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04.15.2014
Good Prognosis
New Austin medical complex by Page architects ties into campus and city.
The architects broke up the massing with a variety of cladding materials.
Courtesy PAGE

The University of Texas Regents have approved the first phase of the new Dell Medical School in Austin’s medical district. Designed by Page (formerly Page Southerland Page) and ZGF, the project includes a 260,000-square-foot research building and a 230,000-square-foot office building, a new education building, and a parking structure for 1,120 cars. A new hospital building, designed by HKS, will complete the complex.

The Page/ZGF team was selected over three other finalists, including teams by Perkins + Will, Ballinger with VAI and Studio 8 Architects, and WHR Architects with Lake|Flato Architects.

 

Medical complexes often appear monolithic and forbidding, a condition which the design team avoided by breaking up the massing and using a variety of cladding materials, including UT’s traditional Cordova Cream limestone and metal shingles, and smartly integrating the building into its creek-side site. The project is also climate sensitive. The north-facing side of the education building is mostly glass, with the building’s circulation system expressed on the exterior, and informal gathering areas overlooking a grove of live oaks. The sunnier public side is more opaque and clad in textured limestone. The research and medical office buildings, clad in contrasting light limestone and dark metal shingles respectively, are joined by a multiple story glass bridge, allowing access through the site to the creek. The project anticipates a connection to the city’s light rail line, which will further tie the complex into both the campus and the capital city.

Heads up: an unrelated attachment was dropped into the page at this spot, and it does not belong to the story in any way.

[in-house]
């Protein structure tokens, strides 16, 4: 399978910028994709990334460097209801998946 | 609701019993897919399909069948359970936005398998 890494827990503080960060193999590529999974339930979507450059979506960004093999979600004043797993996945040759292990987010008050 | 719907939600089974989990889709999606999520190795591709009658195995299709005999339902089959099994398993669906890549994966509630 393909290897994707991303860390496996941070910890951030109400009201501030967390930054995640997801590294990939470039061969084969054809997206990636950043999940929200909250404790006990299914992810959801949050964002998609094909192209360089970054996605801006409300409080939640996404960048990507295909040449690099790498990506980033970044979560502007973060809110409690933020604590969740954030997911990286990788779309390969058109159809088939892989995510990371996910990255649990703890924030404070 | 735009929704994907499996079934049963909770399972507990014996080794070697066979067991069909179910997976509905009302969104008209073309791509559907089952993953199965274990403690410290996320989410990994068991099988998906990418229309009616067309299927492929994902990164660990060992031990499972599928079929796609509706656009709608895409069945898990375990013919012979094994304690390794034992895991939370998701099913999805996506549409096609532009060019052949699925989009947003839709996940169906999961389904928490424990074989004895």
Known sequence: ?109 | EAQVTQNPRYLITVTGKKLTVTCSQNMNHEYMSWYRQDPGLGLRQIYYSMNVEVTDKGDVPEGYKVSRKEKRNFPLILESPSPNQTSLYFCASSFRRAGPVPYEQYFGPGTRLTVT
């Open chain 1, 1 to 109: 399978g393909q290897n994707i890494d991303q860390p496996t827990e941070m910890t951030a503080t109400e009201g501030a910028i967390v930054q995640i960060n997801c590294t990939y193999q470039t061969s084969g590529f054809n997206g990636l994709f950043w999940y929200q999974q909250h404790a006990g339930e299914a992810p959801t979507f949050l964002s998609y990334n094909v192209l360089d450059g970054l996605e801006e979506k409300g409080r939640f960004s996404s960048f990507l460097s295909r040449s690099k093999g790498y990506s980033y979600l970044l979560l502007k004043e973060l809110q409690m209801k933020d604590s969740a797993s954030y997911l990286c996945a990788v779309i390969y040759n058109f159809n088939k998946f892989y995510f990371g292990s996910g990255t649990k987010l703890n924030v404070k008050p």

Alan G. Brake